Assessing the Anti-Atrocity Toolbox
The World Peace Foundation has published an Occasional Paper, “Assessing the Anti-Atrocity Toolbox” by Bridget Conley-Zilkic, Saskia Brechenmacher and Aditya Sarkar, that asks what do we know about the effectiveness of various policy mechanisms that often the examining scholarly literature that tests the impact of various policy measures often cited as potential measures that state or international organizations could deploy when faced with a situation that demonstrates or threatens mass violence against civilians.
The international failure to prevent and mitigate mass violence against civilians in the post-Cold War era, notably in Bosnia-Herzegovina and Rwanda, sparked a series of stock-taking efforts within international organizations, national governments and the broader policy community. Emerging from these reviews was a new set of insights that form the foundation of today’s anti-atrocity policies:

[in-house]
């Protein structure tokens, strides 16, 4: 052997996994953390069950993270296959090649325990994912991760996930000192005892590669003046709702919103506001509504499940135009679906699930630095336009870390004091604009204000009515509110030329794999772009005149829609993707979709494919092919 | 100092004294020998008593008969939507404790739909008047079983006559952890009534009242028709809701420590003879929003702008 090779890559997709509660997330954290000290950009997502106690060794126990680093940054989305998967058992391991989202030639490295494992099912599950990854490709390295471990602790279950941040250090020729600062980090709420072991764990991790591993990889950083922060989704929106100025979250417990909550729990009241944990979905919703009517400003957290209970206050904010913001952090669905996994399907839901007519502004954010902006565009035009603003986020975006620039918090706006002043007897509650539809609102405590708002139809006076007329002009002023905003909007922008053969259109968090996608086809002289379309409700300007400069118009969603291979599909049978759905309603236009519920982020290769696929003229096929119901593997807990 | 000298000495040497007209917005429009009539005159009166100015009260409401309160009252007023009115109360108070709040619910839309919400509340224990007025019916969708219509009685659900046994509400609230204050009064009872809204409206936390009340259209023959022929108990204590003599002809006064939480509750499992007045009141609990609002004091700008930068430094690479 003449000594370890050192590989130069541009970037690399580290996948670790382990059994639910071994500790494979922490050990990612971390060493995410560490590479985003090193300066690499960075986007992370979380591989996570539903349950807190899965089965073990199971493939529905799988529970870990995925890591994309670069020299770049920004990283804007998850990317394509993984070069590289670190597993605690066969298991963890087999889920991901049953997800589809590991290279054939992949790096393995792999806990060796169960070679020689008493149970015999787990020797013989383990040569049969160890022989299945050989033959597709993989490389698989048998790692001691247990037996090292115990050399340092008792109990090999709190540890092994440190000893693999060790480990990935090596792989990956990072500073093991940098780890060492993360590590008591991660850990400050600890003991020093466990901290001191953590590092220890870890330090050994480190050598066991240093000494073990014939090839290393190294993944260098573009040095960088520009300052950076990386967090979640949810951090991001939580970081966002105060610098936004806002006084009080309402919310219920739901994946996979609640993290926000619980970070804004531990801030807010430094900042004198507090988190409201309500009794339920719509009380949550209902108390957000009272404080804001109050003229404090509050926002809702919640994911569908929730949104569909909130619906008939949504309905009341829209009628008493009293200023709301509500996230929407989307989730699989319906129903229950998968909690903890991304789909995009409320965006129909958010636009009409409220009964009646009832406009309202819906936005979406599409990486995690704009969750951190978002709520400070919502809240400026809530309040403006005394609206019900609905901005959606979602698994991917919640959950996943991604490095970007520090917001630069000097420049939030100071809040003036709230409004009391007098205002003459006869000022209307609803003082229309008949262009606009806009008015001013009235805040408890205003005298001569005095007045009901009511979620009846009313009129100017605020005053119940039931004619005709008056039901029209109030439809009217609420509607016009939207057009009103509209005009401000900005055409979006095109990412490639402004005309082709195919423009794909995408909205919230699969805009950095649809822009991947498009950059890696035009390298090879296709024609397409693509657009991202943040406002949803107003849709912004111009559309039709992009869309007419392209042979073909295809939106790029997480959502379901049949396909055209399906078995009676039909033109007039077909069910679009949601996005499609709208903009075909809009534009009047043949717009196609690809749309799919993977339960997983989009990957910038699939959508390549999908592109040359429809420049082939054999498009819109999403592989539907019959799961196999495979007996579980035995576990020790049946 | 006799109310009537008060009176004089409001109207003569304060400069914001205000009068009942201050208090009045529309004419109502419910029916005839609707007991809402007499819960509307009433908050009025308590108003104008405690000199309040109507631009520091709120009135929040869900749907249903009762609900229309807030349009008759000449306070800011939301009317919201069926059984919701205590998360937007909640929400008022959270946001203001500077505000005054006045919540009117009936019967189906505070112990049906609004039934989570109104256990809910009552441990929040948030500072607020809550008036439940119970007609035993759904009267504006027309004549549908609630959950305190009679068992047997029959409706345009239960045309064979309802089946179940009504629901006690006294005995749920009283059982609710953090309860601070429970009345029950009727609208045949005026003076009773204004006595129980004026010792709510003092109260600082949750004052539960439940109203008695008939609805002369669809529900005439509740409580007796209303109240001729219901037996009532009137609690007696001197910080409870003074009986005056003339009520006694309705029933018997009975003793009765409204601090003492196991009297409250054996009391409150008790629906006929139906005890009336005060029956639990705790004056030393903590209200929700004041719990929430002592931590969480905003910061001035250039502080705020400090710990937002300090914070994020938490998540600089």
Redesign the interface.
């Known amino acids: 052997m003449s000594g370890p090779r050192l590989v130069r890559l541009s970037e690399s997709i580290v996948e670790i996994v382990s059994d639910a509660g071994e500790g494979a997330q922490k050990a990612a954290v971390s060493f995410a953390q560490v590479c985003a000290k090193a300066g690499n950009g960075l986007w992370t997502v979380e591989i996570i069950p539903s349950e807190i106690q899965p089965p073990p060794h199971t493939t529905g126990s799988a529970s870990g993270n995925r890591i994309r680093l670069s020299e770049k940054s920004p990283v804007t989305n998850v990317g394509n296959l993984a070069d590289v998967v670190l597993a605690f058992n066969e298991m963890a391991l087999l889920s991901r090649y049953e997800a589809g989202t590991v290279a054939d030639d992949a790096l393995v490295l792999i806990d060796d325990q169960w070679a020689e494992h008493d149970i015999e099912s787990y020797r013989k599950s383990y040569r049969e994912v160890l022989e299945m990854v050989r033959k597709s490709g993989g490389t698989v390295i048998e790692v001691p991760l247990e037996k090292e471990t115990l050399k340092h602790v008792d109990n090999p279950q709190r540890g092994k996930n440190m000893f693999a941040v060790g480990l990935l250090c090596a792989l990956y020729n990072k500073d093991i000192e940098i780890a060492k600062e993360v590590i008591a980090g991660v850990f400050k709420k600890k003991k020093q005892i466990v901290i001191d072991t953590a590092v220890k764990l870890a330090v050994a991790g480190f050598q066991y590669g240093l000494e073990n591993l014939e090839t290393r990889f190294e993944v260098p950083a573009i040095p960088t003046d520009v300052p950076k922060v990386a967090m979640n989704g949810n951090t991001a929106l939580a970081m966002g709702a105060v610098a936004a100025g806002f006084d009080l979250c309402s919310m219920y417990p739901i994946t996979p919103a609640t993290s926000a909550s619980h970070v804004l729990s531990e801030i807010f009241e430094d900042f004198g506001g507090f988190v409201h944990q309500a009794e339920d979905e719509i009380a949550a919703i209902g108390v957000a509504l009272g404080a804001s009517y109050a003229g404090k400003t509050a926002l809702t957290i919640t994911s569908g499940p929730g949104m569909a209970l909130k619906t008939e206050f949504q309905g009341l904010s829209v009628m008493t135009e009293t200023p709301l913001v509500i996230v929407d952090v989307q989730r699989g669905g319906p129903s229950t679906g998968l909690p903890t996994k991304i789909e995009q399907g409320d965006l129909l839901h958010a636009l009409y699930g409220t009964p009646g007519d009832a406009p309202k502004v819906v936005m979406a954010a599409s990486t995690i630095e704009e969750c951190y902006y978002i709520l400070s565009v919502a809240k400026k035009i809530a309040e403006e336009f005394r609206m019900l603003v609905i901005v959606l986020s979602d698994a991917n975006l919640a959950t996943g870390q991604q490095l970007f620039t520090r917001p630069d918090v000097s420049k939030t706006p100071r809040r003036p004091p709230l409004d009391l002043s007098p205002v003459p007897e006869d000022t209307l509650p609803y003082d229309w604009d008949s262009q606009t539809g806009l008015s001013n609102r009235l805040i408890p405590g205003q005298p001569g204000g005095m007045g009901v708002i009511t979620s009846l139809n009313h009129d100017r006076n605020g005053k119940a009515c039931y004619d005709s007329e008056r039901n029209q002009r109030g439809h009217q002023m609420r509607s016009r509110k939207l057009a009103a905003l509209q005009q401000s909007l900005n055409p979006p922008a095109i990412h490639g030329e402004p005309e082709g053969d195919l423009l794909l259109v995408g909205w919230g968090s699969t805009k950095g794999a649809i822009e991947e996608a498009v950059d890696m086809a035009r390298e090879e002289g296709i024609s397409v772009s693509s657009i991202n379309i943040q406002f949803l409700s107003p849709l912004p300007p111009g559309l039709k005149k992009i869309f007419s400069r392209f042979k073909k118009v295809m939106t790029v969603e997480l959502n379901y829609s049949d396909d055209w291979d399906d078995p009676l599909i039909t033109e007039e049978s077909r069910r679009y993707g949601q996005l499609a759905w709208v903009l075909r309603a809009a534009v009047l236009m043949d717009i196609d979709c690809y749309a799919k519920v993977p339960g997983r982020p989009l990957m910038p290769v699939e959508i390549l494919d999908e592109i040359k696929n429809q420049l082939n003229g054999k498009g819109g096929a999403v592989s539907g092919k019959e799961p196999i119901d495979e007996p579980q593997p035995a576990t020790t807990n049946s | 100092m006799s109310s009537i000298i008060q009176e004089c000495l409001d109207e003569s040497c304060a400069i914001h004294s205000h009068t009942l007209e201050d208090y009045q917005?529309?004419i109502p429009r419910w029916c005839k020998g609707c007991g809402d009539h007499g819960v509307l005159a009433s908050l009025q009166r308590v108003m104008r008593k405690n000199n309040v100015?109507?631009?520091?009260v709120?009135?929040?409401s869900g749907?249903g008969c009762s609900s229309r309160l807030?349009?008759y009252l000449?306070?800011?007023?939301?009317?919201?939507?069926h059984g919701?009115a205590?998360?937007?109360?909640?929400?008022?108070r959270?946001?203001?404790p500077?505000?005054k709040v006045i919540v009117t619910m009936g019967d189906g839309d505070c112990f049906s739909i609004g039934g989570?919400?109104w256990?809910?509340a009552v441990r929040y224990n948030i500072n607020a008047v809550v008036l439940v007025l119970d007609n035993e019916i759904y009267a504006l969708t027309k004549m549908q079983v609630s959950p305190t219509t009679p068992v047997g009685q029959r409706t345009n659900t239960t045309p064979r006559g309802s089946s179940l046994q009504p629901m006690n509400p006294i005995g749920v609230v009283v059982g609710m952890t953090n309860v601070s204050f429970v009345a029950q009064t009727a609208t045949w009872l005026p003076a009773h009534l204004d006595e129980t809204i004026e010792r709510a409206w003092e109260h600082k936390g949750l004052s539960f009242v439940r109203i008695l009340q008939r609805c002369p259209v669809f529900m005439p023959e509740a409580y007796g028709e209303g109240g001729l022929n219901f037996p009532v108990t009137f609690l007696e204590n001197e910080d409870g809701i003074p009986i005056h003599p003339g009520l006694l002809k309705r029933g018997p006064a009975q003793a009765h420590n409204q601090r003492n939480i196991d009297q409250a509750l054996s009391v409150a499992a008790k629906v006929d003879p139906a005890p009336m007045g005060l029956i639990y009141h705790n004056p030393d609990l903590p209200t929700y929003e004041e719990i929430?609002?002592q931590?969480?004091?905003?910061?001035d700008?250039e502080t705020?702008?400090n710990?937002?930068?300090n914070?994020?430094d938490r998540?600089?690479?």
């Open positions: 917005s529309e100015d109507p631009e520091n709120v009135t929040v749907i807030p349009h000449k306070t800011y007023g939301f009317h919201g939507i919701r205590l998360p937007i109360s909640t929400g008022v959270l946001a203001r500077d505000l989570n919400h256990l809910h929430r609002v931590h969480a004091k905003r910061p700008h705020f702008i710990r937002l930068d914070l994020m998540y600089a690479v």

- Reducing violence against civilians is one of the most important measures by which the success of international interventions should be measured;
- Waiting until violence meets or approaches the legal definition of genocide means delaying responses until it is too late. This recognition provoked two shifts: a shift away from the legal term ‘genocide’ to other vocabularies, like ‘mass atrocities,’ and a growing emphasis on ‘prevention;’
- Preventative action and early response increase the likelihood of success of any policy measure, and decrease the human and financial costs of responding;
- International response should not be limited to all or nothing. Considerable energy was spent elaborating the conditions in which coercive military interventions in the name of civilian protection could be undertaken, yet effective responses short of this are both possible and desirable.
To read the full paper, click here.